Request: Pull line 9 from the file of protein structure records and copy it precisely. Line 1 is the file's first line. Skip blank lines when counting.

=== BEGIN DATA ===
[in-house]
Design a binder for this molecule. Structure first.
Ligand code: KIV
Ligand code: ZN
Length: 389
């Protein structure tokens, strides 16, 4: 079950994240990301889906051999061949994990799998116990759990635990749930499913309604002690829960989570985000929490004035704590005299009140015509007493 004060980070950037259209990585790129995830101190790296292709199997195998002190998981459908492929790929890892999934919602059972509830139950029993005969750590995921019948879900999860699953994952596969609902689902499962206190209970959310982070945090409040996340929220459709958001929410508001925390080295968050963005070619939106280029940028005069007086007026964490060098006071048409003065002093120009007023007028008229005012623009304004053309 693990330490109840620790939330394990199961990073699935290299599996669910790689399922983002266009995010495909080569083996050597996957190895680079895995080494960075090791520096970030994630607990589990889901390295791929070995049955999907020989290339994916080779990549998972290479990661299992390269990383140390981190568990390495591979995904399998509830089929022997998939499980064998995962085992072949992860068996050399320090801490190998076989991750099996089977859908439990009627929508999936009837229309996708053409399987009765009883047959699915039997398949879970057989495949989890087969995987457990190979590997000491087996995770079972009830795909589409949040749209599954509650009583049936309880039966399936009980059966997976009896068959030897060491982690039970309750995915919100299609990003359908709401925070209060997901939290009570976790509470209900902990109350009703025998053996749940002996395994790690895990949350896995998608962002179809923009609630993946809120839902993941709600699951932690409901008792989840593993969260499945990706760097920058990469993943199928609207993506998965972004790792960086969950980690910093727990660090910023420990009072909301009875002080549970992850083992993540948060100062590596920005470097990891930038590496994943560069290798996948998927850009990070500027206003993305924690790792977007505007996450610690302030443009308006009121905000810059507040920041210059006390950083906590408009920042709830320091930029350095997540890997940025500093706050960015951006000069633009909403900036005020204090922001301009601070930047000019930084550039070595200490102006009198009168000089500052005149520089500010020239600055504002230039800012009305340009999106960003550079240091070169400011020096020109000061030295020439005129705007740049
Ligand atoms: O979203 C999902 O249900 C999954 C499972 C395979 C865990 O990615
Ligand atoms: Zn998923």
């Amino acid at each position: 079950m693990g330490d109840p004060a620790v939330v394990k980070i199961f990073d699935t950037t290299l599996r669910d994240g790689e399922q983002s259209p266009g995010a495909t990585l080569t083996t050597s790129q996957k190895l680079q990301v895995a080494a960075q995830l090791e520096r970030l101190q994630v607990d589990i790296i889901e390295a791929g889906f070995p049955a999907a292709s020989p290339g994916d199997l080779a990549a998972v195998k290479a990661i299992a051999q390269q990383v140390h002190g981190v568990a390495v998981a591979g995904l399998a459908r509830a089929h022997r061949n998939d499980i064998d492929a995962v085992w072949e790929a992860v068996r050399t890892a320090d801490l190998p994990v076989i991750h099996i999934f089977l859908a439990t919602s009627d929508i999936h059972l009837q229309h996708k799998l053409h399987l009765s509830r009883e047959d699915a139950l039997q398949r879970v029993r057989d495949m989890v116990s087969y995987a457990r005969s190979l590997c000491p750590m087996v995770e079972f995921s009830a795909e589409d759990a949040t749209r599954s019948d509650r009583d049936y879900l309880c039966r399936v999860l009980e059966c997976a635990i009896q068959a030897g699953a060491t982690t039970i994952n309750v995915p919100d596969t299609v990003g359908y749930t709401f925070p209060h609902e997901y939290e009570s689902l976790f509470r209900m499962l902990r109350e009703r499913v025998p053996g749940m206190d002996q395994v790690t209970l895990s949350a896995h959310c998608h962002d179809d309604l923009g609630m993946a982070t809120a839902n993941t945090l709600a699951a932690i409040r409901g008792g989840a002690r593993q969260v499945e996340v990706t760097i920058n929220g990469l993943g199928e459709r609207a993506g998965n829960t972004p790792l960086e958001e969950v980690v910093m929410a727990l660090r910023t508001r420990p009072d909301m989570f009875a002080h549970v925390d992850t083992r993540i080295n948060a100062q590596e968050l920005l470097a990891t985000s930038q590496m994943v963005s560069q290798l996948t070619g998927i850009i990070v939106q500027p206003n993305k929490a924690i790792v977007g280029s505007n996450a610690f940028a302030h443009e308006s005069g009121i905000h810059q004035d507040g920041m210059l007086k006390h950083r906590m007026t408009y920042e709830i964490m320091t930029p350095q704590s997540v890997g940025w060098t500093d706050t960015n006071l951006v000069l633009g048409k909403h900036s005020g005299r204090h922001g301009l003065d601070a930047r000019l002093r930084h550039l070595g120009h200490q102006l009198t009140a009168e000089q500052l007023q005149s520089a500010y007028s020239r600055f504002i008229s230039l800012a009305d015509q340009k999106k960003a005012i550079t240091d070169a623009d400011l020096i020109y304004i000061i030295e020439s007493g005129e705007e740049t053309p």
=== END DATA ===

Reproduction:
């Amino acid at each position: 079950m693990g330490d109840p004060a620790v939330v394990k980070i199961f990073d699935t950037t290299l599996r669910d994240g790689e399922q983002s259209p266009g995010a495909t990585l080569t083996t050597s790129q996957k190895l680079q990301v895995a080494a960075q995830l090791e520096r970030l101190q994630v607990d589990i790296i889901e390295a791929g889906f070995p049955a999907a292709s020989p290339g994916d199997l080779a990549a998972v195998k290479a990661i299992a051999q390269q990383v140390h002190g981190v568990a390495v998981a591979g995904l399998a459908r509830a089929h022997r061949n998939d499980i064998d492929a995962v085992w072949e790929a992860v068996r050399t890892a320090d801490l190998p994990v076989i991750h099996i999934f089977l859908a439990t919602s009627d929508i999936h059972l009837q229309h996708k799998l053409h399987l009765s509830r009883e047959d699915a139950l039997q398949r879970v029993r057989d495949m989890v116990s087969y995987a457990r005969s190979l590997c000491p750590m087996v995770e079972f995921s009830a795909e589409d759990a949040t749209r599954s019948d509650r009583d049936y879900l309880c039966r399936v999860l009980e059966c997976a635990i009896q068959a030897g699953a060491t982690t039970i994952n309750v995915p919100d596969t299609v990003g359908y749930t709401f925070p209060h609902e997901y939290e009570s689902l976790f509470r209900m499962l902990r109350e009703r499913v025998p053996g749940m206190d002996q395994v790690t209970l895990s949350a896995h959310c998608h962002d179809d309604l923009g609630m993946a982070t809120a839902n993941t945090l709600a699951a932690i409040r409901g008792g989840a002690r593993q969260v499945e996340v990706t760097i920058n929220g990469l993943g199928e459709r609207a993506g998965n829960t972004p790792l960086e958001e969950v980690v910093m929410a727990l660090r910023t508001r420990p009072d909301m989570f009875a002080h549970v925390d992850t083992r993540i080295n948060a100062q590596e968050l920005l470097a990891t985000s930038q590496m994943v963005s560069q290798l996948t070619g998927i850009i990070v939106q500027p206003n993305k929490a924690i790792v977007g280029s505007n996450a610690f940028a302030h443009e308006s005069g009121i905000h810059q004035d507040g920041m210059l007086k006390h950083r906590m007026t408009y920042e709830i964490m320091t930029p350095q704590s997540v890997g940025w060098t500093d706050t960015n006071l951006v000069l633009g048409k909403h900036s005020g005299r204090h922001g301009l003065d601070a930047r000019l002093r930084h550039l070595g120009h200490q102006l009198t009140a009168e000089q500052l007023q005149s520089a500010y007028s020239r600055f504002i008229s230039l800012a009305d015509q340009k999106k960003a005012i550079t240091d070169a623009d400011l020096i020109y304004i000061i030295e020439s007493g005129e705007e740049t053309p």